How to Overcome Procrastination and Be Productive
Are you one of those amazing people who gets everything done right away? Or are you like the rest of us who procrastinate… probably more than we’d like to admit?
Over the years, I’ve discovered I’m a pretty good procrastinator, and I’ve come to see it as a negative – some kind of a character flaw.
First, I don’t get the thing done. Then I feel guilty about it. Then I’m holding others back from getting their bit done because I haven’t gotten my bit done.
Then I even start lying to myself by saying, “you know what, I’m going to do that tomorrow.” And then tomorrow rolls around and I say the same thing again, so it becomes this deadline that keeps rolling forward.
Making Procrastination a Positive
I recently attended a seminar run by Dan Sullivan, founder of Strategic Coach, which helps entrepreneurs grow their businesses bigger and faster while having a great life too.
It was so refreshing because Dan said that, in his view, procrastination is actually something positive. Something we can harness and turn into a great thing.
The way to do that is to first list out all the things that you’ve been procrastinating on. Give yourself two minutes and just write it down really fast.
Second, take a look at that list and circle the three items that would most move the needle for you if you were to get them done. And then for those three items, write down the reason why you’ve been procrastinating.
Third, for each of those three procrastination items, write down:
- What kind of commitment you need to make in order to move it forward. For example, “Sending out 12 invitations to my live event” or “Completing slide deck summarizing proposed leadership development programs”.
- Who else could be involved to help. For example, “RB could help with first draft of invitation” or “Could brainstorm with CJ and MP”.
- How you can break it down into small steps – as in, what’s that smallest next action that would still move you forward? For example, “Ask RB to pull out list of last year’s invitees and mark up invitation” or “Find my notes from last meeting and set up time to meet with CJ and MP”.
- How will you feel when you’ve taken action: how you would be freeing yourself up to do the things you really want to do, and the confidence it would build to get those things done. For example, “I will feel like I’ve done everything I can to make this event a success and can let the chips fall where they may” or “I will be able to move forward and discuss other more important matters with the person who’s waiting for my slide deck”.
Finally, take those three things and prioritize them on your to do list for the next day. You’ve already pre-planned how to get those things done, and gotten in touch with how motivating it would be for you. So you’ll be ready to go first thing in the morning.
I was so energized by the session that I walked right out of the seminar and tackled one of my three procrastination items the very same day. It took me 25 minutes, and wow, did I feel great. What a huge load off my shoulders.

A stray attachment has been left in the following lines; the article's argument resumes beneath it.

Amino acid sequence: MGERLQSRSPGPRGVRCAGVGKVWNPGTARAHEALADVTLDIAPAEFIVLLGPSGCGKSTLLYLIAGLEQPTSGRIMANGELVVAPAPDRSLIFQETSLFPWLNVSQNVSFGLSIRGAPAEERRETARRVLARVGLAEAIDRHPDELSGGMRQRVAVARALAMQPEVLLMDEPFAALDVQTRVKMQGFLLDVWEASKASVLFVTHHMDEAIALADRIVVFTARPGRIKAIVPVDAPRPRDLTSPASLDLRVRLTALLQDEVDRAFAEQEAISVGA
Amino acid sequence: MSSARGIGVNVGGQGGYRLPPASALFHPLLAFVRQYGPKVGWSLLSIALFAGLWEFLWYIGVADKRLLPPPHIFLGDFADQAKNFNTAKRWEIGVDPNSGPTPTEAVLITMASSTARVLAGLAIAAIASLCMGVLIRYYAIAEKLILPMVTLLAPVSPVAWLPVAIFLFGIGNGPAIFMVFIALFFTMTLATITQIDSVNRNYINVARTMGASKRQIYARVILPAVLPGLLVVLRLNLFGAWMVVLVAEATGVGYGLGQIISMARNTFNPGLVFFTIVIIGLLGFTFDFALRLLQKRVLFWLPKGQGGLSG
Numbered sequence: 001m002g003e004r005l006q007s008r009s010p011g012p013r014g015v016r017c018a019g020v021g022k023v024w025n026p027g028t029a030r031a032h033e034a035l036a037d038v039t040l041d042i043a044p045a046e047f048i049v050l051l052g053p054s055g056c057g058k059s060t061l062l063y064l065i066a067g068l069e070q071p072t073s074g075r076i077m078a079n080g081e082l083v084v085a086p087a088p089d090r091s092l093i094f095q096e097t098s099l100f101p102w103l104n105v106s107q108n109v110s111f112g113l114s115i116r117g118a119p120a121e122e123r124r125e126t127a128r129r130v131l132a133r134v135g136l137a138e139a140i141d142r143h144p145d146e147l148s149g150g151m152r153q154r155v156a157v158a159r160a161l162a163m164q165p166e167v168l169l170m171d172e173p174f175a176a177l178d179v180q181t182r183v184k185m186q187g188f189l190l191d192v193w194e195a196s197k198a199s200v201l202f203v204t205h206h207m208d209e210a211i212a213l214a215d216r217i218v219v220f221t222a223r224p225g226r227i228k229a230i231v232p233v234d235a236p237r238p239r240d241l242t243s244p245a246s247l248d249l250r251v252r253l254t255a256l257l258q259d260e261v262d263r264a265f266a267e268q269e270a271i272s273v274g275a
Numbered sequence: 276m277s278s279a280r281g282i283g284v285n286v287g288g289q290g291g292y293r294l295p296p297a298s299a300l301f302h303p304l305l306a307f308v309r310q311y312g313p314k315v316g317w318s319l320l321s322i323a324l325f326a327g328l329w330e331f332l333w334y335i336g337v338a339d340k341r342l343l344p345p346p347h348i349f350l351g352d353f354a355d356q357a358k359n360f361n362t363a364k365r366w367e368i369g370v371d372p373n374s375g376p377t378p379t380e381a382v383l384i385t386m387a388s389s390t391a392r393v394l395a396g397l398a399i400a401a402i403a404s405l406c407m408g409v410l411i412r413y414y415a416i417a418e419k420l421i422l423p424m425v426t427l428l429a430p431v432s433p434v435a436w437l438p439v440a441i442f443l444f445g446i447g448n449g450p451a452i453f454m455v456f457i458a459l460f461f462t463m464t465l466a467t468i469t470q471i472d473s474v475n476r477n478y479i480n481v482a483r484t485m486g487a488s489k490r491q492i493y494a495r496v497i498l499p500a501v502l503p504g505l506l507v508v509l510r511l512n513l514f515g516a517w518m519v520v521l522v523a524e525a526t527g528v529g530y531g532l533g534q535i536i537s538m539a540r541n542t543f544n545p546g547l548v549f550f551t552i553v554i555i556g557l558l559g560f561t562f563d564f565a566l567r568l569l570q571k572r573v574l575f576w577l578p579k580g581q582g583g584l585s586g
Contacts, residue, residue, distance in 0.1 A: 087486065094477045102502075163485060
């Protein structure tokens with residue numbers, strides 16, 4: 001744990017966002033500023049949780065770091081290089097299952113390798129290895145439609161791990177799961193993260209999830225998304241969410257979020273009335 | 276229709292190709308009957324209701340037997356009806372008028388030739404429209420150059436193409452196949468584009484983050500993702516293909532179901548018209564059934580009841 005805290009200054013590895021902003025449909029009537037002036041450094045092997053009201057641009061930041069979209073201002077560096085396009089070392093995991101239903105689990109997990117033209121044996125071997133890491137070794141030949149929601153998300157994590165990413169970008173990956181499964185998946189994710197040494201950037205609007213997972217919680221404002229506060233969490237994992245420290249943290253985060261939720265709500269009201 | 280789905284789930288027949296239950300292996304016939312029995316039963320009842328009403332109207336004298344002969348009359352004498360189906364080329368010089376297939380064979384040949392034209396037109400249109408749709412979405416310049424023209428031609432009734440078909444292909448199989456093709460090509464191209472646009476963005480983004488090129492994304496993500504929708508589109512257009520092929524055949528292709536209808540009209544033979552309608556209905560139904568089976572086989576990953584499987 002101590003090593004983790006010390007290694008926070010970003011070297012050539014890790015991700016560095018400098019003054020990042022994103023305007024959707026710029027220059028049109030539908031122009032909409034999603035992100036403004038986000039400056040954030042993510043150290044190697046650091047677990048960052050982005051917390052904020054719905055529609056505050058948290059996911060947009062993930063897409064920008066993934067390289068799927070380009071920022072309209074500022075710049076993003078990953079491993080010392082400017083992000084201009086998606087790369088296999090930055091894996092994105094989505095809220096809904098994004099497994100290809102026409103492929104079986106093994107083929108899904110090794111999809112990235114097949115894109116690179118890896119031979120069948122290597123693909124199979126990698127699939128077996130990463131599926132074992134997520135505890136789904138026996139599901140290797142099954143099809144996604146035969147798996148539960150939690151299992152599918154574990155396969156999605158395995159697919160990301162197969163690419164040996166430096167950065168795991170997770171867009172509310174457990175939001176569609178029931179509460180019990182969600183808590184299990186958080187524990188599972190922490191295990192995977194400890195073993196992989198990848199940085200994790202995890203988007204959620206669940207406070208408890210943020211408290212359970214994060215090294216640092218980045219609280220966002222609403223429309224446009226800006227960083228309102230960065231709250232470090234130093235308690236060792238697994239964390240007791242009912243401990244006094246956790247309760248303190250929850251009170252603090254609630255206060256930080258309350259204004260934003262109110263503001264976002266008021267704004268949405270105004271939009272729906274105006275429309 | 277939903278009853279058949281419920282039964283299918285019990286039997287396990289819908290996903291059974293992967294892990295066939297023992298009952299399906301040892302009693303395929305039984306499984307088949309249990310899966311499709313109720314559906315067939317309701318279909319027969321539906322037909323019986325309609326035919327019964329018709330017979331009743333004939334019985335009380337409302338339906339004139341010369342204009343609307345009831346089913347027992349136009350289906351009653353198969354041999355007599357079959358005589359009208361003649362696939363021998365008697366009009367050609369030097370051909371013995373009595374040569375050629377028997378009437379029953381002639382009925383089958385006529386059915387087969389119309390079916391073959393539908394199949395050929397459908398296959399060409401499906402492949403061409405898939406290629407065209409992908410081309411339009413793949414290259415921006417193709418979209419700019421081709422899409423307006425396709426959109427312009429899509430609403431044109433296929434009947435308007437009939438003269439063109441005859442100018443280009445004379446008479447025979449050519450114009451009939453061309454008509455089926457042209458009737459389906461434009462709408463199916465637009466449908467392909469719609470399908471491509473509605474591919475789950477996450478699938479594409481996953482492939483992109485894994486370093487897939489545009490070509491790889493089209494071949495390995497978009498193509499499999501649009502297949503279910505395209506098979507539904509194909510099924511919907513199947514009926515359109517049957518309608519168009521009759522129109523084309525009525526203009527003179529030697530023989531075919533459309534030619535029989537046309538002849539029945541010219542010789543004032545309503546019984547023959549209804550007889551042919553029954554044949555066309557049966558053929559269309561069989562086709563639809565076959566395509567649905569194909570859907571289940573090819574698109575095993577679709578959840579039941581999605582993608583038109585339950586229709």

I want you to have that feeling too, and I know you can do this. So I highly recommend that you take 5 minutes to go through the four steps above.
The most exciting part of this is I realized there’s a next step as well.
There’s a bonus here because if you step back and look at the three most important things you are procrastinating on, and the reasons why you’ve been procrastinating on them, some themes will jump out at you. And it’s these themes that you can harness to start preventing yourself from procrastinating in the first place.
I’ll give you an example of how I thought through mine.
So, two of the three things on my list of procrastination items were around summarizing things that had already happened. I realized that even though I love structuring and synthesising, what I don’t like to do is look at things that have already gone by. I feel like I’ve “been there, don’t that”. I’ve moved on. And what I really like looking at is the future.
What I could have done instead, and what I’ll do next time, is to take action at that moment when the idea is still fresh. I could have jotted down an outline or a summary right then and there. Maybe I could have used Evernote, which is something that I’ve learned to use and it’s fantastic.
Doing that on the spot would have saved a lot of time later, and I would have something that I could recall and work on.
The third item that I circled on my list of procrastination items was about having to chase somebody for something they’d promised to do but hadn’t yet done.
The reason why I was procrastinating is that I didn’t want to sound like a nagging, difficult person. I didn’t want it to hurt our friendship. I was afraid that they might say, “I’ve thought about it some more and no longer want do it.” These were irrational fears, but they seemed very real to me at the time.
What I could have done, and what I’ll do next time, is right when they agreed to help me, I could have set a deadline. I could also have gotten permission to come back to them in a week’s time to ask how things were going. I could have gotten permission to chase them and that way, it wouldn’t have felt weird at all.
Instead, I was so delighted that they said they would do it, that I said “Great!”, hung up the phone and forgot to establish any mechanisms for holding them accountable or following up.
My Challenge to You
I hope these concepts help you, and that you have the chance to both prevent your procrastination and also turn your procrastinations into productivity.
Here’s my challenge to you:
Choose one thing that you’ve been procrastinating on, harness it and turn it into a positive. Then prioritize it on your “to do” list for tomorrow by going through the steps that we’ve just talked about. Then come back and leave me a comment telling me what you did, and how you feel about it.